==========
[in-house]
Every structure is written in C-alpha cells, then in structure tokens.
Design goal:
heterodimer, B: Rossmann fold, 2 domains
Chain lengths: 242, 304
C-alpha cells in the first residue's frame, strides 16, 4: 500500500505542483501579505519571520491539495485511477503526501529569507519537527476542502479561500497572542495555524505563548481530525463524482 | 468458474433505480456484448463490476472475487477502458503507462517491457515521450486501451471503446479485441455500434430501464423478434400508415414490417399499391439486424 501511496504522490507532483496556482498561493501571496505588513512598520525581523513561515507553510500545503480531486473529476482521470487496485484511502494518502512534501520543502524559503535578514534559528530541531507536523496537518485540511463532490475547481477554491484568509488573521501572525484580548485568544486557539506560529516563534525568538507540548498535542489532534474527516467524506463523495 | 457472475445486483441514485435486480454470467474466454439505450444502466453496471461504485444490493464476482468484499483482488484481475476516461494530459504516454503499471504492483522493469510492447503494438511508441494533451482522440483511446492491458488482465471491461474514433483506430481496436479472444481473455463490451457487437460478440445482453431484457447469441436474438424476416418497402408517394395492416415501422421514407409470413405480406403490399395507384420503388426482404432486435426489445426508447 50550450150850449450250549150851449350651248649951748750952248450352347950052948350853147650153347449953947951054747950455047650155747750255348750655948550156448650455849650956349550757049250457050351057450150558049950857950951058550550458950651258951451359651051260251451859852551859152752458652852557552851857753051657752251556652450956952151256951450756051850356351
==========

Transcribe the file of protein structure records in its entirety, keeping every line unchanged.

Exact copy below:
[in-house]
Every structure is written in C-alpha cells, then in structure tokens.
Design goal:
heterodimer, B: Rossmann fold, 2 domains
Chain lengths: 242, 304
C-alpha cells in the first residue's frame, strides 16, 4: 500500500505542483501579505519571520491539495485511477503526501529569507519537527476542502479561500497572542495555524505563548481530525463524482 | 468458474433505480456484448463490476472475487477502458503507462517491457515521450486501451471503446479485441455500434430501464423478434400508415414490417399499391439486424 501511496504522490507532483496556482498561493501571496505588513512598520525581523513561515507553510500545503480531486473529476482521470487496485484511502494518502512534501520543502524559503535578514534559528530541531507536523496537518485540511463532490475547481477554491484568509488573521501572525484580548485568544486557539506560529516563534525568538507540548498535542489532534474527516467524506463523495 | 457472475445486483441514485435486480454470467474466454439505450444502466453496471461504485444490493464476482468484499483482488484481475476516461494530459504516454503499471504492483522493469510492447503494438511508441494533451482522440483511446492491458488482465471491461474514433483506430481496436479472444481473455463490451457487437460478440445482453431484457447469441436474438424476416418497402408517394395492416415501422421514407409470413405480406403490399395507384420503388426482404432486435426489445426508447 50550450150850449450250549150851449350651248649951748750952248450352347950052948350853147650153347449953947951054747950455047650155747750255348750655948550156448650455849650956349550757049250457050351057450150558049950857950951058550550458950651258951451359651051260251451859852551859152752458652852557552851857753051657752251556652450956952151256951450756051850356351